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Space and Place in Holocaust Studies: What We Have Learned and Future Research

Public keynote lecture for the Jewish Heritage Records and Digital Humanities workshop

This lecture will draw on over ten years of collaborative interdisciplinary research to explore how a range of digital humanities approaches might help us better understand the events and experiences of the Holocaust.

Tim Cole and Alberto Giordano’s collaboration started by exploring how spatial analysis, GIS and geo-visualization might contribute to a geographical study of the Holocaust at a variety of scales ranging from the continental through to the individual. While this phase of the research shed light on the structural aspects of the Holocaust—and especially how the Holocaust was organized and carried out spatially—they realized that a quantitative approach tends to favour the perspective of the perpetrator.

For an integrated history of the Holocaust, it is essential to insert the perspective of the victim through the study of survivors’ testimonies. Mirroring the organization of the first phase of their research, they are tackling this issue simultaneously at a variety of scales, through both a close reading of individual testimonies and the use of corpus linguistics, social network analysis, and other techniques to scale up from one testimony to hundreds and thousands of narratives. Thus, thus aim at an integrated geography of the Holocaust as well as an integrated history of the event.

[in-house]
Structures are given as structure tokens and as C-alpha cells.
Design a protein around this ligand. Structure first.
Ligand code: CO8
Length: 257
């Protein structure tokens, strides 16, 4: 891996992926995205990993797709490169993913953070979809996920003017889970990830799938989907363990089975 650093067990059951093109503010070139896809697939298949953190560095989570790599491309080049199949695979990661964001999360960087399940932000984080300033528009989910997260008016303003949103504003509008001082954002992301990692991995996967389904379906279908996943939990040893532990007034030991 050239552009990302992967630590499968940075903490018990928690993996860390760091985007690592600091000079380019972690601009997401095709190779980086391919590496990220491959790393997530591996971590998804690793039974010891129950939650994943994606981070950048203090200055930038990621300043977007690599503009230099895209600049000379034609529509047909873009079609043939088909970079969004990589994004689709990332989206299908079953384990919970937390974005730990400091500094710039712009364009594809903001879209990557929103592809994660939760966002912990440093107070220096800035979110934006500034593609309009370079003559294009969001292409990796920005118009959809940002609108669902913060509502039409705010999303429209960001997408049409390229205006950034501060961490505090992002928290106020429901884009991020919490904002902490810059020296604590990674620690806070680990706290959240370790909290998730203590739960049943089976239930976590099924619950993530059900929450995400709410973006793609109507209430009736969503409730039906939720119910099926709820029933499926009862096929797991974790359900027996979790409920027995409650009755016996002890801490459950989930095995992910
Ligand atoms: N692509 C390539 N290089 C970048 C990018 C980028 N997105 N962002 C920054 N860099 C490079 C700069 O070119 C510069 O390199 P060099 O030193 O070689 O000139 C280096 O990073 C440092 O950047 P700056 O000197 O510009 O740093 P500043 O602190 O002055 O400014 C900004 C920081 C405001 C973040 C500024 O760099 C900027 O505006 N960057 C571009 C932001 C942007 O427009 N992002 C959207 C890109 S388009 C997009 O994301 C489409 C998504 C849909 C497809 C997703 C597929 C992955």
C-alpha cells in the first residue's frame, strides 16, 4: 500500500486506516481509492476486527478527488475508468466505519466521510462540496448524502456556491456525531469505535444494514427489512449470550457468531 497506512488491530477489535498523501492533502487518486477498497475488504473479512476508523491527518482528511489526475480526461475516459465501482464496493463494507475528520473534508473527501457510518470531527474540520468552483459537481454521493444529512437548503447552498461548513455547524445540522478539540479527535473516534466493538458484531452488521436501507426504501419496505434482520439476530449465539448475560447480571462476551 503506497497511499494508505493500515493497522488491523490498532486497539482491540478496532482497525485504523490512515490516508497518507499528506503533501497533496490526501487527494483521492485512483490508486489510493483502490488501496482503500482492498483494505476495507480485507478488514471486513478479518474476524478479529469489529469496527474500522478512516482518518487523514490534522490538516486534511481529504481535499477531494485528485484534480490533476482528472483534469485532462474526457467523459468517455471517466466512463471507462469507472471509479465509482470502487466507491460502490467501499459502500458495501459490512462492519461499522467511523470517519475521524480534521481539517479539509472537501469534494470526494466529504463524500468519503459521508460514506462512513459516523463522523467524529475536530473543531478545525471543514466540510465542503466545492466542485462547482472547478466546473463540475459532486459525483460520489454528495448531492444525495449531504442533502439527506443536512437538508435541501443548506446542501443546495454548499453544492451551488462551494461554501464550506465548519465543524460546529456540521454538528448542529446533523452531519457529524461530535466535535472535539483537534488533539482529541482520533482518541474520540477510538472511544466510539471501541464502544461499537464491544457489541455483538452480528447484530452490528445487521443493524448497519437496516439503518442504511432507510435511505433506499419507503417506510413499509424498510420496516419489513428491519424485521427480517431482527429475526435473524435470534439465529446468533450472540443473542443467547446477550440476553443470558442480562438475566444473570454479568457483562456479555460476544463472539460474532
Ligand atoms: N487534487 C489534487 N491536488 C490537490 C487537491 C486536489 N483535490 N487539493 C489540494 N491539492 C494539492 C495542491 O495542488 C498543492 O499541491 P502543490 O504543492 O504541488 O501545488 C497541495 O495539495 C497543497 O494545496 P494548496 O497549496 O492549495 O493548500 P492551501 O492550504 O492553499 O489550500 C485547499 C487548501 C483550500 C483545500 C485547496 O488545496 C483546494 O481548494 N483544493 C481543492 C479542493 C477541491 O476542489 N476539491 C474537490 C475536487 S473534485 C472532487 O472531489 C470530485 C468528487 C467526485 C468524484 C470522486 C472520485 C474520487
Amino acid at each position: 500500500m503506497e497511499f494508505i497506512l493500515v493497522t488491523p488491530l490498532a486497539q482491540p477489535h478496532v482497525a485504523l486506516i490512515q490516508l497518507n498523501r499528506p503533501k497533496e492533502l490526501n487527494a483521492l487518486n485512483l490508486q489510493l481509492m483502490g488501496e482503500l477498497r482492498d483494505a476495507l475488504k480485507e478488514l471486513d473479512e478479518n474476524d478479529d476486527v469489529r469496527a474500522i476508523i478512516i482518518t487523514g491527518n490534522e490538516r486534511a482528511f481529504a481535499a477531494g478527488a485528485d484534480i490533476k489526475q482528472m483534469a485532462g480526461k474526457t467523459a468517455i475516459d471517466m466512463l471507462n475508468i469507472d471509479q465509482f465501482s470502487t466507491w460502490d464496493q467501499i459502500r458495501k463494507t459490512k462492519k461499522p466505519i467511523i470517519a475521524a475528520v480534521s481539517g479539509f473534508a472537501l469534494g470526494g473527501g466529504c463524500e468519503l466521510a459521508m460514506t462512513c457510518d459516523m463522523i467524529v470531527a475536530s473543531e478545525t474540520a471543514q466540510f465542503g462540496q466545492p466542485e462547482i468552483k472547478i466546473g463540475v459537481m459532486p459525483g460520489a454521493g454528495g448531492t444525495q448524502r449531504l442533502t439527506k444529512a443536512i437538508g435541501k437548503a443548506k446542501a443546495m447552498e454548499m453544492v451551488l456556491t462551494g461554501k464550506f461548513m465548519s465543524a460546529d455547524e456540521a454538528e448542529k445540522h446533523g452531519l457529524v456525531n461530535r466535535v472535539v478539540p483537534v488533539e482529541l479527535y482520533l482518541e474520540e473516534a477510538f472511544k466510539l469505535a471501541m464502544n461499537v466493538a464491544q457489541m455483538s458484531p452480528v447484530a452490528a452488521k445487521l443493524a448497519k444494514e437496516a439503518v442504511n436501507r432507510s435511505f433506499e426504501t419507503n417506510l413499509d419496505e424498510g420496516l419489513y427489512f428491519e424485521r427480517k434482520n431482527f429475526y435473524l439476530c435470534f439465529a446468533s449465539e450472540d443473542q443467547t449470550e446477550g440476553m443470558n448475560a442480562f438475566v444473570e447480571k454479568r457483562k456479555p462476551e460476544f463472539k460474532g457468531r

In this lecture, Cole and Giordano will make the case for such an approach through the combination of a spatial approach to the study of the Holocaust with one that is explicitly based on the construction of the places of the Holocaust by victims, bystanders, and perpetrators.

Chaired by: Prof Marilyn Deegan, Professor of Digital Humanities and Honorary Research Fellow, King’s College London.


Professor Tim Cole | talks | www
Prof Alberto Giordano | talks | www


Date and Time:

4 September 2018 at 6:00 pm


2 hours



The Wiener Library for the Study of the Holocaust and Genocide
29 Russell Square
020 7636 7247

More at The Wiener Library for the Study of the Holocaust and Genocide...



Free, registration essential

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Additional Information:

An accessible toilet is available in the basement and can be reached via the lift.
For visitors with hearing impairment, an induction loop in the exhibition area and the Wolfson Reading Room is compatible with T-coil equipped hearing aids.
We welcome Guide and Assistance dogs in the exhibition area and the Wolfson Reading Room.
If you have any comments, questions, or concerns regarding accessibility at the Library, please email us at info@wienerlibrary.co.uk or call us at +44 (0) 20 7636 7247.

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